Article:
3

 

 

 

13

14

15

16

ke

ti

ra

ki

ṭa

dhin

ge

te

dhin

ge

te

dhā

kre

dhā

dhā

 

Figure 16.6

 

The tāli, matra 13, starts the last four matras of tintāl. Since 13 is the last tāli approaching the sam, it has to have a unique start. Hence, the phrase “nā-ke-trkṭ” is used instead of the usual “dhā; ge-te” phrase. Also, the last matra has a very important phrase.” Dhā –kradhā- dhā-” This is used to mark the entrance of the sam. Thus, the entire tintāl cycle in vilambit lay takes place. Figure 16.7 has the entire tintāl structure in vilambit lay. Play this many times to get used to it.

 

X

 

 

 

1

2

3

4

dhā

ge

te

dhin

ge

te

dhin

ge

te

dhā

te

2

 

 

 

5

6

7

8

dhā

ge

te

dhin

ge

te

dhin

ge

te

dhā

te

0

 

 

 

9

10

11

12

dhā

ke

te

tin

ke

te

tin

tin

3

 

 

 

13

14

15

16

ke

ti

ra

ki

ṭa

dhin

ge

te

dhin

ge

te

dhā

kre

dhā

dhā

 

Figure 16.7

 

Also keep in mind while playing it that never play this tāla in regular time. Remember, the function of playing these is to play this in very slow time, around 30 or 40 beats per minute. You will even find it really hard to play this in regular time. Always remember that a higher bol density makes it harder to play.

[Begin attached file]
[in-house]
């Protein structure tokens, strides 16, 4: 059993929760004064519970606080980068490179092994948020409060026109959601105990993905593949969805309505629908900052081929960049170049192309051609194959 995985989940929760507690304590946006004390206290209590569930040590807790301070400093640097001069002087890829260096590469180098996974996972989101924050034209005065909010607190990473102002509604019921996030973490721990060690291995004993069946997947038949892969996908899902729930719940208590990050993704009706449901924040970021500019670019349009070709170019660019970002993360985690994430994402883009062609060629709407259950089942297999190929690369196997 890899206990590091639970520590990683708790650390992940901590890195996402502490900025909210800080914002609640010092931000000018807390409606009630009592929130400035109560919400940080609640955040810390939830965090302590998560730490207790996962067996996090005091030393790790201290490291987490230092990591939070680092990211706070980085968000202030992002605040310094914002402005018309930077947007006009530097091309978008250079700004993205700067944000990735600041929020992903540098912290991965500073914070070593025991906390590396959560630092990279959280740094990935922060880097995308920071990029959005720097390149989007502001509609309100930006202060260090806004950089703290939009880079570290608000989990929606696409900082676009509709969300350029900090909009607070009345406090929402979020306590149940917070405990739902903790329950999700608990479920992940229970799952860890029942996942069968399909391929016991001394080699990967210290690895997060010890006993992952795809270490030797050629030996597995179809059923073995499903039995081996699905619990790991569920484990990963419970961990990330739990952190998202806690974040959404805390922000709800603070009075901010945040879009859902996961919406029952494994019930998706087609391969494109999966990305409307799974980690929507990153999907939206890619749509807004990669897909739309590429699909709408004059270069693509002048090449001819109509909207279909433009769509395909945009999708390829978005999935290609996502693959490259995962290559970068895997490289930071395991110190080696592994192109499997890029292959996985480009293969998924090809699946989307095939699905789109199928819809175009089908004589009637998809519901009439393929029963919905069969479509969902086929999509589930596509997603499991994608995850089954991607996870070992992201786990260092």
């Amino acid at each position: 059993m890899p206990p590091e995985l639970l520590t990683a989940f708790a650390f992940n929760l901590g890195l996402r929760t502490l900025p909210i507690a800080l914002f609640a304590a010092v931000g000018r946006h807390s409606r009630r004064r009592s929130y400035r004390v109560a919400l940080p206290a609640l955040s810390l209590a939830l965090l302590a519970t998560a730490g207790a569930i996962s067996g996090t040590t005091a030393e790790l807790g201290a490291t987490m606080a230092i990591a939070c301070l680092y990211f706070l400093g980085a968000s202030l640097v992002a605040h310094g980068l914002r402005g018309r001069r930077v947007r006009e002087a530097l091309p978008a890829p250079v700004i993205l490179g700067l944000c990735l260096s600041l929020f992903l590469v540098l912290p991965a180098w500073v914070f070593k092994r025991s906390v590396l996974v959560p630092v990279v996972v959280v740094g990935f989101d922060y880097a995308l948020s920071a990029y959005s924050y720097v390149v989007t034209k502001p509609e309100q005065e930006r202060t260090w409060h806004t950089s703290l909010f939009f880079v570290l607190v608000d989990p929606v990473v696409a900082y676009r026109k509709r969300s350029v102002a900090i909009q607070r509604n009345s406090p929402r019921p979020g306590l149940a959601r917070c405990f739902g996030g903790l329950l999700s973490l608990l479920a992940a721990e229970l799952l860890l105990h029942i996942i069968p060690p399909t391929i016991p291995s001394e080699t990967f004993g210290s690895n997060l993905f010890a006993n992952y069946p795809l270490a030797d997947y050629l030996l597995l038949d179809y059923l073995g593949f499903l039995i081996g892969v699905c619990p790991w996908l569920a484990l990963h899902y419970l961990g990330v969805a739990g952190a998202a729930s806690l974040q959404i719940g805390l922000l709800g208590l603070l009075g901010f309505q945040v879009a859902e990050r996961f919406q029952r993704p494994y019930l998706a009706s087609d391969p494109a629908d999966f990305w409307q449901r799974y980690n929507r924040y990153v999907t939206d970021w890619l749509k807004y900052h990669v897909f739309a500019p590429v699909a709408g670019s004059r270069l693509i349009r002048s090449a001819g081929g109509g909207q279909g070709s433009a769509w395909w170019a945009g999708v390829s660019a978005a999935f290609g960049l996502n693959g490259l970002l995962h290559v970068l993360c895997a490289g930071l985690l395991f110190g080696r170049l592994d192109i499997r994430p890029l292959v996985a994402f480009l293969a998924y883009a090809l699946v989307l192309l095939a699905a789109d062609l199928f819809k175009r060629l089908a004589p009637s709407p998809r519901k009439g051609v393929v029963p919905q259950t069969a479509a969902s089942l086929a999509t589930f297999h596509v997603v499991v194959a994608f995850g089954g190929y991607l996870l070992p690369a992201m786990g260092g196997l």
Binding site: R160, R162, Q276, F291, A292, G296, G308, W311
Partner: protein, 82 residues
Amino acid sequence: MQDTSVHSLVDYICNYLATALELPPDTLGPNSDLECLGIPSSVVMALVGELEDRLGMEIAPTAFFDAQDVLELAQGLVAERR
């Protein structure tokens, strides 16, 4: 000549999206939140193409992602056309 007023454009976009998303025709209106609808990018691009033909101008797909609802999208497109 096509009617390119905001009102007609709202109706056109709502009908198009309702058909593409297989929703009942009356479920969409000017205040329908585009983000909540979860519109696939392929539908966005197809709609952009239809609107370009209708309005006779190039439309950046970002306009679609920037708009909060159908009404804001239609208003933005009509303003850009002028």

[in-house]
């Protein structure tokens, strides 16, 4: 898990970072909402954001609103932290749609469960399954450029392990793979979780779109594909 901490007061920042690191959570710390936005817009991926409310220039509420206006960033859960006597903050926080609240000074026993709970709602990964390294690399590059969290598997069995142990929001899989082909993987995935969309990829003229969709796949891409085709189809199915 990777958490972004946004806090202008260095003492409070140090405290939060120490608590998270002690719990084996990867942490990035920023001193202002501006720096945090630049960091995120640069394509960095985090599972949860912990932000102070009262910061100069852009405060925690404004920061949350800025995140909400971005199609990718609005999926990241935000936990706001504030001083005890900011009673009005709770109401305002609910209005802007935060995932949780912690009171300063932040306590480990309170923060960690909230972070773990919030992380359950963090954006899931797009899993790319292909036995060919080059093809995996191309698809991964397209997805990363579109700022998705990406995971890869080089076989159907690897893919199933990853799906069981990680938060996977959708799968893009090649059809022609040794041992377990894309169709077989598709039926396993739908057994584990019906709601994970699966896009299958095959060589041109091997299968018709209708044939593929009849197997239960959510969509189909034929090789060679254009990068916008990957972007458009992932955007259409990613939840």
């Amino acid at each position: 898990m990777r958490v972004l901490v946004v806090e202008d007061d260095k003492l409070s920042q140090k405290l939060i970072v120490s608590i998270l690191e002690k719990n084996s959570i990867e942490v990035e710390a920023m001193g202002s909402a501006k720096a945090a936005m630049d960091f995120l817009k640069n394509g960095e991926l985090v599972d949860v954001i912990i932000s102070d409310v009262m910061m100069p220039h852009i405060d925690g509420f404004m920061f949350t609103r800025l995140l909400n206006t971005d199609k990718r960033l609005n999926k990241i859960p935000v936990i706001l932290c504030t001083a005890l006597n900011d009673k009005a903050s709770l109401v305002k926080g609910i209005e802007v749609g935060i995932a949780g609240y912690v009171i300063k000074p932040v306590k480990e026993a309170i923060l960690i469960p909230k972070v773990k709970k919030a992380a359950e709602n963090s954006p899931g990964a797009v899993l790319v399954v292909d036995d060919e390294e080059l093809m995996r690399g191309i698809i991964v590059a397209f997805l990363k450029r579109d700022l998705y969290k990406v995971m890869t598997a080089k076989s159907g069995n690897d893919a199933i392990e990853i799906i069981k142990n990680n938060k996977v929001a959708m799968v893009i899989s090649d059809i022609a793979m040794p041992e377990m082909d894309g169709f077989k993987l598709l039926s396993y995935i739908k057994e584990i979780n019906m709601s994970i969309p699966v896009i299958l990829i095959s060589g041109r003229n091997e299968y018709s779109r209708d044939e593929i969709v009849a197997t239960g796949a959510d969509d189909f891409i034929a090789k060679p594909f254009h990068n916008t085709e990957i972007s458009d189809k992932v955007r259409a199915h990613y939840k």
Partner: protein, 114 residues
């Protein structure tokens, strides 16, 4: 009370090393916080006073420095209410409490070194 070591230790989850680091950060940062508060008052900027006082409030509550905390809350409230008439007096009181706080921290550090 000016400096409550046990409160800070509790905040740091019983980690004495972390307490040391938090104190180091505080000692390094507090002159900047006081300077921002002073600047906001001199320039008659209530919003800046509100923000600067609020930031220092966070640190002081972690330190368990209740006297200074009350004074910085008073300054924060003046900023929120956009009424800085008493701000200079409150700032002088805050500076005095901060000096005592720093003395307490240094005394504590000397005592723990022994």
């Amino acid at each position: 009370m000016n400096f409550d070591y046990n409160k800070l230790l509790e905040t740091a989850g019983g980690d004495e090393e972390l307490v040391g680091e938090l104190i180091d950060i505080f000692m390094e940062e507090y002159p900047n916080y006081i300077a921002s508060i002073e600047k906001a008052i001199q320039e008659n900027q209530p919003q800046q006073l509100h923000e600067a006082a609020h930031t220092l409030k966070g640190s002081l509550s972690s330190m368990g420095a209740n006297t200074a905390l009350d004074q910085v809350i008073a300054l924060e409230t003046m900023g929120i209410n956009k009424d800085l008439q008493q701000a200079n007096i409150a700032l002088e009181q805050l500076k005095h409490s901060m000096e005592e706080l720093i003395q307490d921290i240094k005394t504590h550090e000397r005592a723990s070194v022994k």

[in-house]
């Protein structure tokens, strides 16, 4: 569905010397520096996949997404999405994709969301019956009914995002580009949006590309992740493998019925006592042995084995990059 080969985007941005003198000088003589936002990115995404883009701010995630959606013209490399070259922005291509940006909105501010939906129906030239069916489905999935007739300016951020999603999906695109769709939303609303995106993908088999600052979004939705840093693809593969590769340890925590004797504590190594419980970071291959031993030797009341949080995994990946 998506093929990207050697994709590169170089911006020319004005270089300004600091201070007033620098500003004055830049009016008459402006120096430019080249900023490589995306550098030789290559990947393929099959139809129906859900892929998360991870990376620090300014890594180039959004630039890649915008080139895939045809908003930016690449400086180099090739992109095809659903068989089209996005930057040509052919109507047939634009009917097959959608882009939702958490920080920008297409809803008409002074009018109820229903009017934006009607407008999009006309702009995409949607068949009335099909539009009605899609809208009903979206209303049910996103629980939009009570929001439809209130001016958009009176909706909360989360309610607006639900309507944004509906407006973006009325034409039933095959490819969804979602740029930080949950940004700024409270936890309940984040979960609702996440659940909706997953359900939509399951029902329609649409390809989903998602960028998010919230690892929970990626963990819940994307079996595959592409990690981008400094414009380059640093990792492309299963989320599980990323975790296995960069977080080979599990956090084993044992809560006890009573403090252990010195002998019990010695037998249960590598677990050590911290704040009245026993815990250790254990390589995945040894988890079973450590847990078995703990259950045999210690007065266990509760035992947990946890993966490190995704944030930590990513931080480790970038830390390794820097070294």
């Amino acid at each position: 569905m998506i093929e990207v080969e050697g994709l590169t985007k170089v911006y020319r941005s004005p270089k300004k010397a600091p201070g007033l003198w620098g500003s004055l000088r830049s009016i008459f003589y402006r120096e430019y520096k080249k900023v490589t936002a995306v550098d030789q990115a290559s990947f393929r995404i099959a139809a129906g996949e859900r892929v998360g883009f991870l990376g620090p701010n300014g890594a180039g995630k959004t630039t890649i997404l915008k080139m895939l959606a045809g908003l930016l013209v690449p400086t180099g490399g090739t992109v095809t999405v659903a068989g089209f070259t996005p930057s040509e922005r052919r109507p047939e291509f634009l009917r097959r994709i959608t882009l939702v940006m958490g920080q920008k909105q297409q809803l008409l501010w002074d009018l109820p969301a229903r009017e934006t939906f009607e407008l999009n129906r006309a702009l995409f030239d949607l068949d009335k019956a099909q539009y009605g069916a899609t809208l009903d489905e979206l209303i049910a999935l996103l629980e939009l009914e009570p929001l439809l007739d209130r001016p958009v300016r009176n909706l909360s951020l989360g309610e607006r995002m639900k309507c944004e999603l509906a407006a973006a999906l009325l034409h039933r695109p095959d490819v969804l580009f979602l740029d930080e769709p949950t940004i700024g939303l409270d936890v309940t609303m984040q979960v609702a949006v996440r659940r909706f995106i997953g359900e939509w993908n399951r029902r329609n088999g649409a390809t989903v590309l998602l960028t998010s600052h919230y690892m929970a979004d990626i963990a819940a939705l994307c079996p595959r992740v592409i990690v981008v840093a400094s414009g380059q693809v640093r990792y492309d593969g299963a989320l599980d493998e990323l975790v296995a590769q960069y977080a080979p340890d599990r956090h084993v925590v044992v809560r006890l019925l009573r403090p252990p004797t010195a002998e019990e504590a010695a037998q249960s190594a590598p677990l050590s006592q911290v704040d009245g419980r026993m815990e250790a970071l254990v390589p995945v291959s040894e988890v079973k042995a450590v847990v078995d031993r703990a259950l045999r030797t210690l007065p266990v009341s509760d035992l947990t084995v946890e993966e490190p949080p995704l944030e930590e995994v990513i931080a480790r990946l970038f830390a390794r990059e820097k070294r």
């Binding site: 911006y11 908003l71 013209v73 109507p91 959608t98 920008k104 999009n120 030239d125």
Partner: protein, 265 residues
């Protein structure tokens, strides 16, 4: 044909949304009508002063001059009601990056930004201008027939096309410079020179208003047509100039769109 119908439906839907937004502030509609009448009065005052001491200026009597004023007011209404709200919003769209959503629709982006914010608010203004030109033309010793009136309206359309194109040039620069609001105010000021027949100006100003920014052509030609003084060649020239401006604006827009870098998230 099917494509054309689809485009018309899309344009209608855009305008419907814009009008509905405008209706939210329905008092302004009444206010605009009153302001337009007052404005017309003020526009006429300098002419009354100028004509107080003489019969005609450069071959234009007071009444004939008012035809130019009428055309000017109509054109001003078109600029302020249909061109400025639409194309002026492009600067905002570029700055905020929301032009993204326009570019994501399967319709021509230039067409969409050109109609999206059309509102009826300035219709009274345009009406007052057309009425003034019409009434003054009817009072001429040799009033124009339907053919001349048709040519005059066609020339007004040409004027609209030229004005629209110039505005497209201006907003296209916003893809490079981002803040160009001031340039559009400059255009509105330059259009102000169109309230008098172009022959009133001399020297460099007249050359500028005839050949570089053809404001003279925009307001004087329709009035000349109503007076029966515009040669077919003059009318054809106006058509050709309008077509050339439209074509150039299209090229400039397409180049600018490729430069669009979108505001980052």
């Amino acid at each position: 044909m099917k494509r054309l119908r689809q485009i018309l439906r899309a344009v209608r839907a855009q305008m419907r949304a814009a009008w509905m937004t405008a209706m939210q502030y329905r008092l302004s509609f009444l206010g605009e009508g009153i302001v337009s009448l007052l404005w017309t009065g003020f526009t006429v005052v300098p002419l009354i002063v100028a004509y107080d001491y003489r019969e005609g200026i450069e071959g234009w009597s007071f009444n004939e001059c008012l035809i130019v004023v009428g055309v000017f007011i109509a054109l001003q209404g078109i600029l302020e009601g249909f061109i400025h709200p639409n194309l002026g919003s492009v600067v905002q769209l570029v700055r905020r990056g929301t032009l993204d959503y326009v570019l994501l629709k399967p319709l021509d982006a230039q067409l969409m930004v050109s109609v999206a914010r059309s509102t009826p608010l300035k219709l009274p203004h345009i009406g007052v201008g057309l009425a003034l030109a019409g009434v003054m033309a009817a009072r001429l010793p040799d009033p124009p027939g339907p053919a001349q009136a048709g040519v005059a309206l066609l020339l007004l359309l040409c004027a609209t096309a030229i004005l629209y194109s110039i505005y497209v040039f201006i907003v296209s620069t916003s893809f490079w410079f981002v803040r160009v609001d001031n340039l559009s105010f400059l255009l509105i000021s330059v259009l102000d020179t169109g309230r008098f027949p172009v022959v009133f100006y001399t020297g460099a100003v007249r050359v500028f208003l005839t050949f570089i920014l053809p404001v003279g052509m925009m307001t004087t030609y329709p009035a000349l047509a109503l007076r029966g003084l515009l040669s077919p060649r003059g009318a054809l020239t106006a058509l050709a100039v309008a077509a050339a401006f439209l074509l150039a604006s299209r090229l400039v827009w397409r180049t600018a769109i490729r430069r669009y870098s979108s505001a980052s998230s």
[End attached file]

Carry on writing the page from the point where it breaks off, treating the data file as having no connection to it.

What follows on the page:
We used tintāl to introduce the concept of fillers. However, vilambit tintāl is not popularly used. Instead, the most popular choice for both instrumentalists and vocalists is the vilambit ektāl. The fillers of ektāl are much more developed.

 

Here is the theka of ektāl in regular time.

X

 

0

 

2

 

1

2

3

4

5

6

dhin

dhin

dhā

ge

ti

ra

ki

ṭa

tun

0

 

3

 

4

 

7

8

9

10

11

12

ka

dhā

ge

ti

ra

ki

ṭa

dhin

 

Figure 16.8

AUDIO CLIP: Figure 16.8

 

Here is the vilambit lay of ektāl. Notice how greatly spaced the tāla is.

X

 

 

 

 

 

 

 

 

 

 

 

 

 

 

 

1

 

 

 

 

 

 

 

2

 

 

 

 

 

 

 

dhin

te

dhin

te

0

 

 

 

 

 

 

 

 

 

 

 

 

 

 

 

3

 

 

 

 

 

 

 

4

 

 

 

 

 

 

 

dhā

kre

ge

ge

ge

ti

ra

ki

ṭa

2

 

 

 

 

 

 

 

 

 

 

 

 

 

 

 

5

 

 

 

 

 

 

 

6

 

 

 

 

 

 

 

tun

te

te

0

 

 

 

 

 

 

 

 

 

 

 

 

 

 

 

7

 

 

 

 

 

 

 

8

 

 

 

 

 

 

 

ka

ti

ra

ki

ṭa

3

 

 

 

 

 

 

 

 

 

 

 

 

 

 

 

9

 

 

 

 

 

 

 

10

 

 

 

 

 

 

 

dhā

kre

ge

ge

ge

ti

ra

ki

ṭa

4

 

 

 

 

 

 

 

 

 

 

 

 

 

 

 

11

 

 

 

 

 

 

 

12

 

 

 

 

 

 

 

dhin

te

dhā

tre

dhā

dhā

 

Figure 16.9